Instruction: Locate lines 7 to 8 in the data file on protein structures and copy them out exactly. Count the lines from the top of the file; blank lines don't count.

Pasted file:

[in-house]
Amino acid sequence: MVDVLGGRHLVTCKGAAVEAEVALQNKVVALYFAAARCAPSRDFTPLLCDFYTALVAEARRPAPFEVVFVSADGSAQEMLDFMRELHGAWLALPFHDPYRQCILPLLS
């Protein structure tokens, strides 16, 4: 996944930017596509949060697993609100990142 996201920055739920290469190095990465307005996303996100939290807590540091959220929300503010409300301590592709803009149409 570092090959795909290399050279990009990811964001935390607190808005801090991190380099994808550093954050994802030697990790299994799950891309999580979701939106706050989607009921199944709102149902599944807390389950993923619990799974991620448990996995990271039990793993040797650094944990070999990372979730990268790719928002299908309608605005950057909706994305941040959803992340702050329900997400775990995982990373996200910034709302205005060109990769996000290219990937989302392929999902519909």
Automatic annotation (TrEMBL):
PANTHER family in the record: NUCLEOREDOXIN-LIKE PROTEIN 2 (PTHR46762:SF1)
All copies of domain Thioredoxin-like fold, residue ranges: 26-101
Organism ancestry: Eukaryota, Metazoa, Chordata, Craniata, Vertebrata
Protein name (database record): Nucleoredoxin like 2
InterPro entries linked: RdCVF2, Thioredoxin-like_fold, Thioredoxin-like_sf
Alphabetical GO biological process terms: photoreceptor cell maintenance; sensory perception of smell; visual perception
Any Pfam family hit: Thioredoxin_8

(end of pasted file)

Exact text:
Organism ancestry: Eukaryota, Metazoa, Chordata, Craniata, Vertebrata
Protein name (database record): Nucleoredoxin like 2